attribute per addrtype within each media description.  This
   restriction is necessary in order that the addrtype of the reply may
   be used by the offerer to determine which alternative was accepted.

   The <addrtype>'s of the altc MUST correspond to the <nettype> of the
   current connection (c=) line.

   A media description MUST contain at least two "altc" attributes: the
   alternative address and port as well as an address and port which
   "duplicates" the address/port information from the current 'c=' and
   'm=' lines.  Each media level MUST contain at least one such
   duplicate altc attribute, of the same IP address family, address, and
   transport port number as those in the SDP connection and media lines
   of its level.  In particular, if a 'c=' line appears within a media
   description, the addr-type and connection-address from that 'c=' line
   MUST be used in the duplicate "altc" attribute for that media
   description.  If a 'c=' line appears only at the session level and a
   given media description does not have its own connection line, then
   the duplicate "altc" attribute for that media description MUST be the
   same as the session-level address information.

   The "altc" attributes appearing within a media description MUST be
   prioritized in order of appearance, with the first altc given highest
   priority and the following altc attributes prioritized in decending
   order.  Given this rule, and the requirement that the address
   information provided in the "m=" line and "o=" line must be provided
   in an "altc" attribute as well, it is possible that the address in
   the "m=" line and "o=" line are not the preferred choice.

   If the addrtype of an "altc" attribute is not compatible with the
   transport protocol or media format specified in the media

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   description, that altc attribute MUST be ignored.

   Note that "a=altc" lines describe alternative connection addresses,
   NOT addresses for parallel connections.  When several altc lines are
   present, multiple sessions establishment MUST be avoided.  Only one
   session is to be maintained with the remote party for the associated
   media description.

4.2.  Usage and Interaction

4.2.1.  Usage

   In an SDP offer/answer model, the SDP offer includes "altc"
   attributes to indicate alternative connection information (i.e.,
   address type, address and port number(s)), including the "duplicate"
   connection information already identified in the 'c=' and 'm=' lines.

   Additional, subsequent offers MAY include "altc" attributes again,
   and may change the IP address, port numbers, and order of preference;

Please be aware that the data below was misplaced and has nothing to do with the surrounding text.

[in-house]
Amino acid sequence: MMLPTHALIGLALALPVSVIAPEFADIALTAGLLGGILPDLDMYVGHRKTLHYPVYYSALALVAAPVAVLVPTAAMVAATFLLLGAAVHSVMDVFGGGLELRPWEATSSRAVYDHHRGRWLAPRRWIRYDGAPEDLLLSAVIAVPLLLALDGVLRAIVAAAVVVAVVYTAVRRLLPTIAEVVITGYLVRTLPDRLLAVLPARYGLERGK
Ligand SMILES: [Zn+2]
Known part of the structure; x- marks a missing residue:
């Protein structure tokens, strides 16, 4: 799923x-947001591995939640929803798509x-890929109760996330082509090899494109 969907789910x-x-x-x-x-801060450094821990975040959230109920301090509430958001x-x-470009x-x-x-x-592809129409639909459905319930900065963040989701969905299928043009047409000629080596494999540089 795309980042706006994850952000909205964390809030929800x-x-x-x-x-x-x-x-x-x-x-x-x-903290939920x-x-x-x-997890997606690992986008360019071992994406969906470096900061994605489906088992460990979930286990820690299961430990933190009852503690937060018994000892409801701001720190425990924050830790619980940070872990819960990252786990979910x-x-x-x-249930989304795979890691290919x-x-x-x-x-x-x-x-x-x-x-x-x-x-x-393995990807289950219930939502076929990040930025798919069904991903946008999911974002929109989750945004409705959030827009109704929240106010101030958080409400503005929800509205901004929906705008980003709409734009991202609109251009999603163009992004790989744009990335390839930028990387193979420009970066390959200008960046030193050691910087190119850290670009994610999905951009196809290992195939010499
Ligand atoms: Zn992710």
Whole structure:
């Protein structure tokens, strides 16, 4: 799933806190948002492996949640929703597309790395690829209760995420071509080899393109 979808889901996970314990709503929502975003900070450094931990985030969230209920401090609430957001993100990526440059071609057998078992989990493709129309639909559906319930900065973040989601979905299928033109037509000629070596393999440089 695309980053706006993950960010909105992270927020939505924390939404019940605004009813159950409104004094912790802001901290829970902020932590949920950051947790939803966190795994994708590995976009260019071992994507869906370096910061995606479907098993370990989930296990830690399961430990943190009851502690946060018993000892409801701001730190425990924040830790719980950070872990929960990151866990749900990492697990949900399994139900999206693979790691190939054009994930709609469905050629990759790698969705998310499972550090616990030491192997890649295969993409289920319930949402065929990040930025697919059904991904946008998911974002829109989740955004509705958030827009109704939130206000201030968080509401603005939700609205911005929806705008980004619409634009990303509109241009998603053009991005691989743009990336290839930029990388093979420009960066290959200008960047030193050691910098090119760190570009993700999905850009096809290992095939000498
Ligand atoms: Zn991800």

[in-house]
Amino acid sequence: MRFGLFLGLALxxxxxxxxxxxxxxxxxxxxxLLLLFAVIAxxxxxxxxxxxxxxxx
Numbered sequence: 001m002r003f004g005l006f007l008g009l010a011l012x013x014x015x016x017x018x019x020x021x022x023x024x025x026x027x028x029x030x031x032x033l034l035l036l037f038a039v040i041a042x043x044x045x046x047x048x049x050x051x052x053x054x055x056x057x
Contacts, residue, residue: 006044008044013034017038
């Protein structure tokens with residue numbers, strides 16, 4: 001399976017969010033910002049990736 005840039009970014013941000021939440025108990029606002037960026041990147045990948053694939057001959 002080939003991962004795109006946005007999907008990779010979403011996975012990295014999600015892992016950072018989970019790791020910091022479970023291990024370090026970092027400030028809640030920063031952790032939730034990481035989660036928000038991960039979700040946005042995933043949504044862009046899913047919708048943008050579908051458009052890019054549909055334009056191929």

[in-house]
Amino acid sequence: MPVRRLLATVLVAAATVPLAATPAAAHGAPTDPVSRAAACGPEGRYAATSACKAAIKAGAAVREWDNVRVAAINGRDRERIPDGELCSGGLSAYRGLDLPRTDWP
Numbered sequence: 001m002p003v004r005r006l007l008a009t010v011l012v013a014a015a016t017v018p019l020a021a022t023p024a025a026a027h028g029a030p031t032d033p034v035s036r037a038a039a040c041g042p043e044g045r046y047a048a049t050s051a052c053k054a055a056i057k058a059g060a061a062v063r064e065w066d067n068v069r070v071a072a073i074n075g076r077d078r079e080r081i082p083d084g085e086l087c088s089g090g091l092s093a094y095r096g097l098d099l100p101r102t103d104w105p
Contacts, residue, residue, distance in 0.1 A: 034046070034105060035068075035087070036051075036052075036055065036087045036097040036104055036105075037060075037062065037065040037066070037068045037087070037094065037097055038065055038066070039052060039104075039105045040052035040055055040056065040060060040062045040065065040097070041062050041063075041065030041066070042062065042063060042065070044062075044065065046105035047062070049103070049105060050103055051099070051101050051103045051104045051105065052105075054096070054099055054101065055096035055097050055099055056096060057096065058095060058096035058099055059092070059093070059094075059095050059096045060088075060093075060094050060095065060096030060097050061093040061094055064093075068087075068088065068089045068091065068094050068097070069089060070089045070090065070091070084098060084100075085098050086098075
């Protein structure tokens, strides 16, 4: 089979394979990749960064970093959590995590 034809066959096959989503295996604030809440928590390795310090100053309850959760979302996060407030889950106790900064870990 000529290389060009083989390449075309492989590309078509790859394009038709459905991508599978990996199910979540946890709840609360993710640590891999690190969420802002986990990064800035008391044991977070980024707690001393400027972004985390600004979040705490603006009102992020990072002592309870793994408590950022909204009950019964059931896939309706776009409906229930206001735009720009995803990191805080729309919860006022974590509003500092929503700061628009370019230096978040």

but they MUST include a duplicate "altc" attribute for the connection
   and media lines in that specific subsequent offer.  In other words,
   every offered SDP media description with an alternative address offer
   with an "altc" attribute has at least two of them:

      - one duplicating the 'c=' and 'm=' line information for that
      media description, and

      - one for each of the alternatives,

   even though these need not be the same as the original SDP offer.

   The purpose of encoding a duplicate "altc" attribute is to allow
   receivers of the SDP offer to detect if a legacy SDP-changing middle
   box has modified the 'c=' and/or 'm=' line address/port information.
   If the SDP answerer does not find a duplicate "altc" attribute value
   for which the address and port match exactly those in the 'c=' line
   and 'm=' line, the SDP answerer MUST ignore the "altc" attributes and
   use the 'c=' and 'm=' offered address/ports for the entire SDP
   instead, as if no "altc" attributes were present.  The rationale for
   this is that many SDP-changing middleboxes will end the media
   sessions if they do not detect media flowing through them; if a
   middlebox modified the SDP addresses, media MUST be sent using the
   modified information.

   Note that for RTCP, if applicable for the given media types, each
   side would act as if the chosen "altc" attribute's port number was in
   the 'm=' media line.  Typically, this would mean RTCP is sent to the
   odd +1 of the port number, unless some other attribute determines

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4.2.2.  Usage of ALTC in an SDP Answer

   The SDP answer SHOULD NOT contain "altc" attributes, as the answer's
   'c=' line implicitly and definitively chooses the address family from
   the offer and includes it in "c=" and "m=" lines of the answer.
   Furthermore, this avoids establishing several sessions simultaneously
   between the participating peers.

   Any solution requiring the use of ALTC in SDP answer SHOULD document
   its usage, in particular how sessions are established between the
   participating peers.

4.2.3.  Interaction with ICE

   Since ICE also includes address and port number information in its
   candidate attributes, a potential problem arises: which one wins.
   Since ICE also includes specific ICE attributes in the SDP answer,
   the problem is easily avoided: if the SDP offerer supports both ALTC
   and ICE, it may include both sets of attributes in the same SDP
   offer.  A legacy ICE-only answerer will simply ignore the ALTC
   attributes, and use ICE.  An ALTC-only answerer will ignore the ICE
   attributes and reply without them.  An answerer which supports both
   MUST choose one and only one of the mechanisms to use: either ICE or
   ALTC (unless the 'm=' or 'c=' lines were changed by a middlebox, in
   which case the rules for both ALTC and ICE would make the answerer